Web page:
At 29 Atelier we are committed to creating consciously crafted bridal wear and apparel.
As a young entrepreneur in the noughties our designer Elizabeth quickly realised that British craftsmanship was in decline. Most bridal wear, indeed fashion was manufactured in the far east and developing countries, gowns offered elaborate beading and embroideries as relatively modest retail prices, a bride could easily purchase a wedding dress covered head to toe in lace or beads for £1000 to £2000 pounds. When you deduct retailer profits, shipment costs, VAT, materials; there did not seem to be a fair amount left for the maker.
Most of the skilled seamstresses and tailors who worked with Elizabeth in those early days were significantly older and there simply wasn’t the talent emerging from the younger generation to carry on the skills and traditions.
Seeing an opportunity and a problem that needed to be solved Elizabeth decided to study the art of fashion atelier: couture dress making and tailoring and become a new generation of designer bringing these skills and practises to bear in Britain.
29 Atelier is a brand with a clear ambition for ethical and sustainable production, which does not comprise style, made here in the United Kingdom. Our key ambitions are as follows:
Locally made; all our apparel and bridal wear are made in the United Kingdom.
Craftmanship and community; we work with local productions and artisans. Sharing knowledge within the community educating the next generation with in house work experience and going out to local schools, universities and colleges to share our practises and experiences.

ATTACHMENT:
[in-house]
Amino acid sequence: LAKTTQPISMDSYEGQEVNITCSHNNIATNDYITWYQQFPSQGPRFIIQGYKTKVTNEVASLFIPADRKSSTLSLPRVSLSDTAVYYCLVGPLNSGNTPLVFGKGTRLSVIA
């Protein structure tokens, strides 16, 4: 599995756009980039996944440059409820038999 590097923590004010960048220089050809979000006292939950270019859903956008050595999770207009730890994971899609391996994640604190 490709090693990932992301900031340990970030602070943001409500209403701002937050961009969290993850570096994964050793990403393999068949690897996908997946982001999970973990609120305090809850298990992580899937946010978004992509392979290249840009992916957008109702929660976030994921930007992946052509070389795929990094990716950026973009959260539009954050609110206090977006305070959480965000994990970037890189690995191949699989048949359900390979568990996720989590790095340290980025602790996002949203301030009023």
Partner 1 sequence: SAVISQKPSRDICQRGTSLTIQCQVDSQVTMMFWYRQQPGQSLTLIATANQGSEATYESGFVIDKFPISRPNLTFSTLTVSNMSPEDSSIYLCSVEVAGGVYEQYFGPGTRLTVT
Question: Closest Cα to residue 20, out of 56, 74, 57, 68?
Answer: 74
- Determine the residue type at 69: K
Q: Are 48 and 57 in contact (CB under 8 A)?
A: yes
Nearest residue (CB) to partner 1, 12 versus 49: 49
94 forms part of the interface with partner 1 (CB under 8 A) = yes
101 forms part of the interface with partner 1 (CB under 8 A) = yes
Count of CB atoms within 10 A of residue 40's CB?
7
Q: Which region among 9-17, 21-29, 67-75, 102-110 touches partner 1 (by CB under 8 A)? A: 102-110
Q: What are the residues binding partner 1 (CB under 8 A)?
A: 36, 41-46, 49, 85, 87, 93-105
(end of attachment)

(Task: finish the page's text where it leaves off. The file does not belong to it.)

Considered fabrics and materials; We identify the origins of our fabrics favouring British produced where possible. With the nature of bridal wear, some of the best world-renowned fabrics such as lace and silk are produced in Italy, France, Spain and further afield in Japan. We favour independent producers with artisan and heritage makers.
Reducing waste; by reusing and recycling within the atelier. We donate remnants and offcut fabrics to local schools to be used in textile and design projects.
Reusability and longevity, designing garments with this purpose in mind so that they can be enjoyed being worn again and again, where possible.
Carbon footprint; to reduce our carbon footprint as much as possible.
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